Decoding Desalination

How a little investment in the future could save it!


Desalination uses reverse osmosis technology to separate water molecules from seawater. Water from the ocean is forced through thousands of tightly-wrapped, semipermeable membranes under very high pressure. The membranes allow the smaller water molecules to pass through, leaving salt and other impurities behind. Desalination provides people with potable water (clean & fresh drinking water). Provides water to the agricultural industry. Water quality is safe (not dangerous or hazardous to any living thing). Uses tried-and-tested technology (the method is proven and effective).


Desalination can extend water supplies beyond what is available from the hydrological cycle, providing an “unlimited”, climate-independent and steady supply of potable water. By definition, drinking water should have a salt content of no more than 0.01 per cent. And desalination technology is more than capable of providing this water to all parts of the globe with investment far less costly than allowing regions to become uninhabitable. Another plus is that most desalination plants work by reverse osmosis, meaning energy is needed to push water past a membrane at high pressure in order to separate the salt (learn more how it works). A typical plant takes an average of 10 to 13 kilowatt hours of energy per every thousand gallons processed. This energy can easily be provided by wind, solar or ocean wave/tidal energy recapture coupled with industrial battery storage.


In the past the desalination of water required a lot of energy supplied by fossil fuels. Salt dissolves very easily in water, forming strong chemical bonds, and those bonds are difficult to break. Energy and the technology to desalinate water were expensive, and that meant that desalinating water was pretty costly. Governments are now rethinking this attitude when they have experienced the economic downturns relying on old fuel sources have caused. There is even a push to repurpose the current pipelines that we use for fossil fuels both oil and gas, to transport much needed water to farmlands etc. This infrastructure already offers a cost effective and non prohibitive answer to supplying agrarian areas with much needed water to sustain crop productions and avoid mass starvation caused by climate change This repurposing would also,easing the strain on rivers and aquifers that supply growing populations. Of course some billionaires (who will NOT be named) that invested in lands with aquifers hoping they could force large populations of the public to buy their water or die, won’t be happy about us solving this problem, but the citizens of nations globally will be safer, and their children will live to grow up and have families of their own.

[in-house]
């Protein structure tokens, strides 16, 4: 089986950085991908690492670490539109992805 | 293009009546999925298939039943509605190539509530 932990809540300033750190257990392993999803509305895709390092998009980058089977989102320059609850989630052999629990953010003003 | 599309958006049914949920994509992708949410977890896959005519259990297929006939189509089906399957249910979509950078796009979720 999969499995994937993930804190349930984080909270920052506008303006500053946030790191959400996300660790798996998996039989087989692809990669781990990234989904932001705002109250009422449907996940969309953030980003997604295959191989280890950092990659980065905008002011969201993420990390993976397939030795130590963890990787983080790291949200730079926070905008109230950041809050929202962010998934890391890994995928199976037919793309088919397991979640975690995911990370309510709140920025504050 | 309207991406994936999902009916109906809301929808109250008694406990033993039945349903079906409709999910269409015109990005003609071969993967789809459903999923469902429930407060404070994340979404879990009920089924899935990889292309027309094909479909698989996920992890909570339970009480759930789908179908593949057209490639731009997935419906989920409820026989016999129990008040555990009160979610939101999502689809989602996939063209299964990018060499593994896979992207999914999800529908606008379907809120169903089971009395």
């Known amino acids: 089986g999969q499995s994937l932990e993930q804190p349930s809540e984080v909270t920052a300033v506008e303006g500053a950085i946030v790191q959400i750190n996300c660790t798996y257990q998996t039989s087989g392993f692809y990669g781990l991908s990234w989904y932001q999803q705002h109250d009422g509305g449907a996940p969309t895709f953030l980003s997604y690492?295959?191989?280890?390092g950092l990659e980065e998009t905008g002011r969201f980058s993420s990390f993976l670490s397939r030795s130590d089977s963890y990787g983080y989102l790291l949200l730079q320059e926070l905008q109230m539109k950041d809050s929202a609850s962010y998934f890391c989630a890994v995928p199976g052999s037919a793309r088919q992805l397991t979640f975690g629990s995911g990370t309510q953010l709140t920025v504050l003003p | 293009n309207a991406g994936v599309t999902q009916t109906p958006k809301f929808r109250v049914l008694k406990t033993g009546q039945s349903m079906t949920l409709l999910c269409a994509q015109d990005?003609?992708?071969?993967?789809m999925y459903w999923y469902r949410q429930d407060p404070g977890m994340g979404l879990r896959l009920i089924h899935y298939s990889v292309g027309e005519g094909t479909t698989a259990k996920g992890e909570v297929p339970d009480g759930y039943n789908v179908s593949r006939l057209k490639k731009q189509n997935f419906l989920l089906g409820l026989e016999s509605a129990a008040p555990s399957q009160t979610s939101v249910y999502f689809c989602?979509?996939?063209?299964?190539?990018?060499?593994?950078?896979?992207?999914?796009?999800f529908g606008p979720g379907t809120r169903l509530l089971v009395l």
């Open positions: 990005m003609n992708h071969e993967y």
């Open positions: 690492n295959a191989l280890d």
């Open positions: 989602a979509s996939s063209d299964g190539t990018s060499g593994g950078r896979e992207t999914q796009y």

Breakthroughs come every year in desalination technology that lower costs and force people to take this course of action seriously. In 2021 by making the filtration membranes more uniform in density at the nanoscale, the researchers were able to increase desalination efficiency in a plant by 30 to 40 percent, therefore cleaning more water with less energy and lowering the overall cost by the same margin. The findings were published in the journal Science!


A team of researchers from the University of Texas and Pennsylvania State University, in partnership with DuPont Water Solutions, discovered the problem was essentially that desalination membranes were inconsistent in mass distribution and density, impairing the performance of reverse osmosis. Discoveries like this are coming at a critical time as solving the issues of climate change, population growth, and pollution are necessary to give everyone equal access to safe drinking water. Another plus about desalination is that it can mediate the problem of Sea level rise which threatens all coastal areas especially those with port cities! Scientists believe that Sea level rise can be prevented by desalinating the additional water accumulated into oceans annually for human consumption, while the excess amount of water can be stored in dams and lakes. It is predicted that SLR can be prevented by desalination plants. Overwhelmingly worldwide, desalination is increasingly seen as one possible answer to problems of water quantity and quality that will worsen with global population growth and the extreme heat and prolonged drought linked to climate change. The nations that embrace this technology will be the future leaders of the globe; those that don’t will see great economic downturns and losses of farmlands. Sadly the main opposition of this technology are greedy corporations who only care about potential loss of their personal profits not the losses of their nations.